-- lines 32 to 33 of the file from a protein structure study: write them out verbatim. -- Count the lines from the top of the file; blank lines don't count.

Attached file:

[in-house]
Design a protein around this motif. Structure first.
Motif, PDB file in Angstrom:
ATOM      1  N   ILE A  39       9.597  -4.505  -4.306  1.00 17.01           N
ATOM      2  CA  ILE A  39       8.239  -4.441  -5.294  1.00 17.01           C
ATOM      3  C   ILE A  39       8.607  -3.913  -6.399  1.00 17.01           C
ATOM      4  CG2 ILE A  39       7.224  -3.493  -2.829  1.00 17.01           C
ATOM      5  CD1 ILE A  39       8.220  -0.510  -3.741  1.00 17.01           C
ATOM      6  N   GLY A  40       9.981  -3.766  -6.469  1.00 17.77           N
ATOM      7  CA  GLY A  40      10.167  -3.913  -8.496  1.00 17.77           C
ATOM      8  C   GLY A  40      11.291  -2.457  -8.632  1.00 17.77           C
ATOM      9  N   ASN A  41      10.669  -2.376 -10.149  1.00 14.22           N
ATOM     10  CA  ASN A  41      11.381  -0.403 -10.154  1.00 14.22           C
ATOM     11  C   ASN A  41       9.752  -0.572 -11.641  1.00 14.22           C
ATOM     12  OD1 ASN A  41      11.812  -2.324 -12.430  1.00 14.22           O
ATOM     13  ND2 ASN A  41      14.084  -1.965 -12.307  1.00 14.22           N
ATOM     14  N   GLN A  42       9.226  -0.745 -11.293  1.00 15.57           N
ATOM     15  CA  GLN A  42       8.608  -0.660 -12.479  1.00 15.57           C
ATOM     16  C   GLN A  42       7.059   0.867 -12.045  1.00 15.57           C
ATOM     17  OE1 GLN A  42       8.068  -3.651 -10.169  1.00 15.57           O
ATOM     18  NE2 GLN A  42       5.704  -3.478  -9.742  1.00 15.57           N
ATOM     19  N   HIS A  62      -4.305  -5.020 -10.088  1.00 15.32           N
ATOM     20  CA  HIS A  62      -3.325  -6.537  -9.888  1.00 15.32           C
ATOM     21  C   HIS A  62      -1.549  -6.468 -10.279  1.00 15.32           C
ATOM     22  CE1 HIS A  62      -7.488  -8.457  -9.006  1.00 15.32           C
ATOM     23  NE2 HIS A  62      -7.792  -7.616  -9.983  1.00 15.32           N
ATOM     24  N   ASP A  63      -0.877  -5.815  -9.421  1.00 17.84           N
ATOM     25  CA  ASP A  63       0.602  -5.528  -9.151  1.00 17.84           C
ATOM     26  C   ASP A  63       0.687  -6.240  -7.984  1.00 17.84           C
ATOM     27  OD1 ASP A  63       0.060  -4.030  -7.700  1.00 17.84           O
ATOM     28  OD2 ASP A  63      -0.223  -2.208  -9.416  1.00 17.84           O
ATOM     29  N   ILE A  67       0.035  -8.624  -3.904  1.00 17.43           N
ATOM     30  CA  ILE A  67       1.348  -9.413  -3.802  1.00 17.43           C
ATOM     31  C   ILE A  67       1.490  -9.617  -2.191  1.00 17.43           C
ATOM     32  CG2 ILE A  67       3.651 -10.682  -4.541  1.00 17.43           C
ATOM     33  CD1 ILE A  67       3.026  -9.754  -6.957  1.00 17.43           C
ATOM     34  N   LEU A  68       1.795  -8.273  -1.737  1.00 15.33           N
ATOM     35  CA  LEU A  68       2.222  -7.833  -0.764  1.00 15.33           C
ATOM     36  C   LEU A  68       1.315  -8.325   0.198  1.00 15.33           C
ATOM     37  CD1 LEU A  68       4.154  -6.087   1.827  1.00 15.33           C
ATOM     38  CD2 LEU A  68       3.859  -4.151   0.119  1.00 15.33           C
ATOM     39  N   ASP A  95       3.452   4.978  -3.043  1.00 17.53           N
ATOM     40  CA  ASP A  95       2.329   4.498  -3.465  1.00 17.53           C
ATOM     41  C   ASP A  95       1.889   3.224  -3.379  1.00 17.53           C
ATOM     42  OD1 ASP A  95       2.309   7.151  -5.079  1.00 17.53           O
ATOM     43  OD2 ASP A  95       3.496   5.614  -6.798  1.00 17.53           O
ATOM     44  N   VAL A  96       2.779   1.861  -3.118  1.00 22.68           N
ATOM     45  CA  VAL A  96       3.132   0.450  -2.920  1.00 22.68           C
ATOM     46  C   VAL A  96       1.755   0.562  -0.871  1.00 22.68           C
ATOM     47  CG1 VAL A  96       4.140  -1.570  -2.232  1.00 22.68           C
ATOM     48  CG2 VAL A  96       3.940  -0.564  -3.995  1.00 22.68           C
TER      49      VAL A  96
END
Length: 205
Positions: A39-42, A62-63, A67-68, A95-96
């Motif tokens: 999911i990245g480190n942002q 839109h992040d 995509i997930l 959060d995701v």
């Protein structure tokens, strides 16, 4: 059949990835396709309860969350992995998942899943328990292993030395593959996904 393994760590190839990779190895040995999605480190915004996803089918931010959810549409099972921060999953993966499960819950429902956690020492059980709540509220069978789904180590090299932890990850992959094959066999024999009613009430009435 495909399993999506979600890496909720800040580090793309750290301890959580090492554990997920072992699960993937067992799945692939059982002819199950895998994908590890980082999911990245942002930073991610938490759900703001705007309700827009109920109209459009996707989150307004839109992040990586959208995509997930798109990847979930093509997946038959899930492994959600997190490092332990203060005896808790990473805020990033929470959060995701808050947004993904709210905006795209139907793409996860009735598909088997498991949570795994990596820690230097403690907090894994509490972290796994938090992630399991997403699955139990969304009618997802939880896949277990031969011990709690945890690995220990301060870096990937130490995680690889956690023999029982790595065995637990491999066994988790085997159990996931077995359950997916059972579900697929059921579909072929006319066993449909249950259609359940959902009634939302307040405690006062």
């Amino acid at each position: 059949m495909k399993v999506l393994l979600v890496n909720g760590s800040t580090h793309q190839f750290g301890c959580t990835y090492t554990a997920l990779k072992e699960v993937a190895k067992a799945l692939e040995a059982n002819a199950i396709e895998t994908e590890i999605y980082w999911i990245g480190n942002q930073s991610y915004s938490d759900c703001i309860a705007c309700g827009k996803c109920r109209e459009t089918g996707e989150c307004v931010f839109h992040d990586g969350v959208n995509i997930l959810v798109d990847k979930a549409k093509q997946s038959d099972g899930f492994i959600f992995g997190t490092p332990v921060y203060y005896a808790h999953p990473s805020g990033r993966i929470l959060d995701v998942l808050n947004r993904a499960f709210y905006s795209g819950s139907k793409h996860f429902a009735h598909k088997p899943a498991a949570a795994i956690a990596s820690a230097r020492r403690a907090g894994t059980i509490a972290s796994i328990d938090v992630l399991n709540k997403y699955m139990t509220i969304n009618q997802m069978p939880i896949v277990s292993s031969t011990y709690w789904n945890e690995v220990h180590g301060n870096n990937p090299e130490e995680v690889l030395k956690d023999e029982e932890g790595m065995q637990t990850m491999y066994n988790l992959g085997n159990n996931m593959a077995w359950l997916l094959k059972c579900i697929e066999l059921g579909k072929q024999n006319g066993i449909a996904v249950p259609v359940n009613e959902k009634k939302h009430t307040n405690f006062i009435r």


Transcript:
ATOM     29  N   ILE A  67       0.035  -8.624  -3.904  1.00 17.43           N
ATOM     30  CA  ILE A  67       1.348  -9.413  -3.802  1.00 17.43           C